1. Keep a check on the Third World so that it doesn’t spin out of control into mass migrations, or perhaps even an alliance against the rich countries. That’s why local thugs who pose as presidents keep getting bribed with “aid” and prestigious posts.

  2. Give powerful nations (again, today this means America) a forum to organise international support for their wars. Cf. Alexander the Great and the Corinthian League.

Anything else is just tacked on to make the UN look grander. Unicef etc. could be housed by the International Red Cross and its sister organisations just as easily.

On the other hand, we did pay up. Also, we host these guys in their very own special building in New York. That counts for something, doesn’t it?

As for the rest, I’m in agreement.

Perhaps because the members of the U.N. doesn’t agree on what “the right thing to do” is?

Well, then you don’t have international approval, you have a consensus among democratic nations. Which is fine, mind you, but no substitute. Also, why do you suppose democratic nations automatically share a similar sense of morality?

How, exactly, does the UN constrain the U.S in any meaningful way?

Are you insane? Do you think the US Army would still be sitting in Kuwait if the UN had approved an invasion two months ago?

The UN constrains the US in a very meaningful way: people in the US think that UN approval is equivalent to something being the right thing to do. I don’t know what the latest poll numbers are, but when I checked last there was a huge group of Americans who thought invading Iraq was good if the UN said it was good–sort of the “I don’t know, what does everyone else think?” vote.

  1. Keep a check on powerful nations

This is not the purpose of the UN. I don’t think FDR would have set it up if its purpose was to have been to keep a check on his nation.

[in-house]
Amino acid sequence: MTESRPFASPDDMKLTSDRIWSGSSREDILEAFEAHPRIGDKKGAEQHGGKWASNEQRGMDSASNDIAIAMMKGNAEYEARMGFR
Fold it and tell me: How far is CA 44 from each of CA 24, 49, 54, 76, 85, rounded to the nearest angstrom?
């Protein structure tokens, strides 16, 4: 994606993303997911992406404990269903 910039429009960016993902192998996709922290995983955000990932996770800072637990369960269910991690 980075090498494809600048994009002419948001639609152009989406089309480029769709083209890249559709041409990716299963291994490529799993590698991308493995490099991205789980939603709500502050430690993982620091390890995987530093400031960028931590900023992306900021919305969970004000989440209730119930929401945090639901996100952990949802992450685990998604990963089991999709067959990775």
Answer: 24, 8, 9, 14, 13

They think it’s good not just because the UN approves it, but because actions done with UN support are unlikely to piss off everyone in the world, like we are now.

Interesting. Maybe you’re right, but the cynical side of me still thinks that it’s just people trying to dodge the responsibility of standing by a decision. I have way, way, way more respect for the intelligent anti-war crowd than I do for the “I want to do whatever Camaroon wants to do” crowd.

I guess one could poo-poo a democratic union as “incomplete.” But from my perspective, it’s approval actually would mean MORE than the opinion of a forum that admits the input countries with no stable government, regimes that starve their populace, and dictators who feel no need to respect the rights of their citizens.

As others have pointed out, getting the “international approval” you refer to from the UN is certainly not a matter of proving the validity of a policy on moral grounds. It’s a matter of bribery and threat. Don’t get me wrong – all of this can serve the world better than going straight to World War III, but it’s not like getting the UN’s approval amounts to having the moral high ground, despite what the common people of Western Europe might think.

The fact is, stable true democracies by definition share a common set of values. They won’t always agree (obviously, NATO is just as shaken up by the Iraq question), but on the most important matters of politics they have a common bond.

I’m not poo-pooing, I’m saying it’s not an international consensus. Western countries have a long history of respecting their own citizens, but not do not usually feel the need to respect the citizens of other countries; foreign-policy wise, we’re not much better than many dictatorships.

As if the consensus of democratic nations makes something moral? Are you saying that once a country is democratic, it can do no wrong, all it does is automatically moral?

All nations share a common set of values, though smaller than that of democracies. What are these values we share? Who determines what a true democracy is, anyway? Why don’t we agree on something as fundamental as a war?